Things Too With A High Hand, Laughed At Us, And Seemed Quite Ready To
My Indian boy, who happened to let slip the word "Muarras,"
narrowly escaped a blow with a palm stick, which would have felled a
They outnumbered us, and they were armed; so that, on this
occasion, we were obliged to put up with their insolence.
Our Pilgrim Ship, the Silk al-Zahab, or the "Golden Wire," was a
Sambuk, of about 400 ardebs (fifty tons), with narrow, wedge-like bows,
a clean water-line, a sharp keel, and undecked, except upon the poop,
which was high enough to act as a sail in a gale of wind. She carried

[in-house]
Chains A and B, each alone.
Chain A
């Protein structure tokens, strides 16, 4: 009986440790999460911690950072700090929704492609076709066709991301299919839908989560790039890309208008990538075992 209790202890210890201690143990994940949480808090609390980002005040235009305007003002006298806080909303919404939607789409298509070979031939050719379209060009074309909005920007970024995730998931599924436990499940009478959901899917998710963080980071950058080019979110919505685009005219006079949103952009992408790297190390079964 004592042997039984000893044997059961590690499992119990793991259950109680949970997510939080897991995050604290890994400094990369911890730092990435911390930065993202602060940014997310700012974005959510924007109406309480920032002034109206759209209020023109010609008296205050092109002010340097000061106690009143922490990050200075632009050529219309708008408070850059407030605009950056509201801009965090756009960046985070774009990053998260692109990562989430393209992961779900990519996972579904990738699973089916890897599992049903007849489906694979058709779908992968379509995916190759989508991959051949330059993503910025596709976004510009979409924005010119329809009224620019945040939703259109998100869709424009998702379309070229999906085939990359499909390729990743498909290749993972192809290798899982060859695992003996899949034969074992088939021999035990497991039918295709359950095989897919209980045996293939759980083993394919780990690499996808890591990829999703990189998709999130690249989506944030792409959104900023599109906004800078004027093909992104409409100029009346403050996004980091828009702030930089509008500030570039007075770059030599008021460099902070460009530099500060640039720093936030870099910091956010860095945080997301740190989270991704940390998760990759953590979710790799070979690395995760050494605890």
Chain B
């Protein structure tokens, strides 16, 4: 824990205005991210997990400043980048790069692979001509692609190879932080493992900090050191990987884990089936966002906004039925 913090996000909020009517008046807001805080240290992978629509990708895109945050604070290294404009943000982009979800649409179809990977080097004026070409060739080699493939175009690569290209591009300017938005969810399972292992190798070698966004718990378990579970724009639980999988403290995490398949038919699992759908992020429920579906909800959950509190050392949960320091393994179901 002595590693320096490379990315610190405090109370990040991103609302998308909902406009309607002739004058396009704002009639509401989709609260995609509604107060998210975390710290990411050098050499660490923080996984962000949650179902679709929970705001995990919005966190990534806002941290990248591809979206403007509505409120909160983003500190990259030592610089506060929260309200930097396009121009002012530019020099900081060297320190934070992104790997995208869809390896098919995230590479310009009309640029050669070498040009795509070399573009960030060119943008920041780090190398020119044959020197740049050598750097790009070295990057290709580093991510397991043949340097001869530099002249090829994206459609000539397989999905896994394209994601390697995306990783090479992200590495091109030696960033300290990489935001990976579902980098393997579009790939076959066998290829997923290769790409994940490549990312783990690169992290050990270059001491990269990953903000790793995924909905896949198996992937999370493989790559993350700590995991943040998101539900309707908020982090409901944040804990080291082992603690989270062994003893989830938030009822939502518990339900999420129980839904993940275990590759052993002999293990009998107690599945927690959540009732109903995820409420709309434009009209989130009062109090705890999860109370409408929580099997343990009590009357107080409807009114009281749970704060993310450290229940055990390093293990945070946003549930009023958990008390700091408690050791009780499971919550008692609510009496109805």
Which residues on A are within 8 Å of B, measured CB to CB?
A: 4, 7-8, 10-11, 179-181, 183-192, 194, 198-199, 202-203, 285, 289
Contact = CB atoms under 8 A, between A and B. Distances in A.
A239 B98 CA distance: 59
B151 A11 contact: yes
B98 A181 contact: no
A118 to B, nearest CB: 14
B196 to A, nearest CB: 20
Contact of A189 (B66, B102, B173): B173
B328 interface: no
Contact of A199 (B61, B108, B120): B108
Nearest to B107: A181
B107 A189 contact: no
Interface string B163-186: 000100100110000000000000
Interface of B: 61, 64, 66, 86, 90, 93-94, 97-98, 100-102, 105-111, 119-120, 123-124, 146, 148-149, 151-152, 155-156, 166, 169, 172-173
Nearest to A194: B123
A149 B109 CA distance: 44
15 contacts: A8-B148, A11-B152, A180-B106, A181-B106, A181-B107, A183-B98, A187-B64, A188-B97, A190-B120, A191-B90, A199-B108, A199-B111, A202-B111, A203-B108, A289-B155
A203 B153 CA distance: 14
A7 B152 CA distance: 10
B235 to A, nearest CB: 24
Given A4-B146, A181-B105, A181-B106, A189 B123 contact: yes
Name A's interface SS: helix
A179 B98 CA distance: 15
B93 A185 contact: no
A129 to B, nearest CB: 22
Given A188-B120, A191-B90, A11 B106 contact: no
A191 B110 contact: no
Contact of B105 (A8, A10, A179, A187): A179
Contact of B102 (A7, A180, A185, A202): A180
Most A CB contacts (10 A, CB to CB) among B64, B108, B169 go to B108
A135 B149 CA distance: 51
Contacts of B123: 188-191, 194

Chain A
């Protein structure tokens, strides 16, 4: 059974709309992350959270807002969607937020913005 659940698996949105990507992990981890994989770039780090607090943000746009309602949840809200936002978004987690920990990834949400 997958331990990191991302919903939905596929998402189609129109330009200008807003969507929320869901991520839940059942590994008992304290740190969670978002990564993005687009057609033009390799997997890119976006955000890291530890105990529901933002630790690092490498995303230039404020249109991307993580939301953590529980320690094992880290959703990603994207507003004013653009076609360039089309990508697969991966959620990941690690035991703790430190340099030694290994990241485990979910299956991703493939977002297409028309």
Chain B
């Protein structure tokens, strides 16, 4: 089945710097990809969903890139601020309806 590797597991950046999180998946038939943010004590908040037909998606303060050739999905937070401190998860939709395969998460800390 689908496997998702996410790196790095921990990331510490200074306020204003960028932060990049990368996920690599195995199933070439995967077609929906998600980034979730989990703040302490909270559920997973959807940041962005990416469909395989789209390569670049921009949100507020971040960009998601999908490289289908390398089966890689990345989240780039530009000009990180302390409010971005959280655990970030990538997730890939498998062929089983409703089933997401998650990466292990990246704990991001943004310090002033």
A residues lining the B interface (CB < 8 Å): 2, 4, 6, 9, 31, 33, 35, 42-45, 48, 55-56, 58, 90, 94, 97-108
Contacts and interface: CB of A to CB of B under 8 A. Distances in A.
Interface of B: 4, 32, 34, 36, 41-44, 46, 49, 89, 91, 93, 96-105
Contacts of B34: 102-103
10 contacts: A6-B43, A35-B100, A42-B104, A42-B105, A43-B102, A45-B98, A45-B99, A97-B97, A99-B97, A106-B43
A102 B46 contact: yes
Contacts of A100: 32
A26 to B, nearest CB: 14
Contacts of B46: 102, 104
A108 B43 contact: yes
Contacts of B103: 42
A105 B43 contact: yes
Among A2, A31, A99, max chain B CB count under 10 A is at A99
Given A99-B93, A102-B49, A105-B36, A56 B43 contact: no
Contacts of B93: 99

two masts, raking imminently forwards, the main being considerably
larger than the mizzen; the former was provided with a huge triangular
latine, very deep in the tack, but the second sail was unaccountably
wanting. She had no means of reefing, no compass, no log, no sounding
lines, no spare ropes, nor even the suspicion of a chart: in her
box-like cabin and ribbed hold there was something which savoured of
close connection between her model and that of the Indian Toni,[FN#2]
[p.189] Such, probably, were the craft which carried old Sesostris
across the Red Sea to Deir; such were the cruisers which once every
three years left Ezion-Geber for Tarshish; such the transports of which
130 were required to convey AElius Gallus, with his 10,000 men.
"Bakhshish" was the last as well as the first odious sound I heard in
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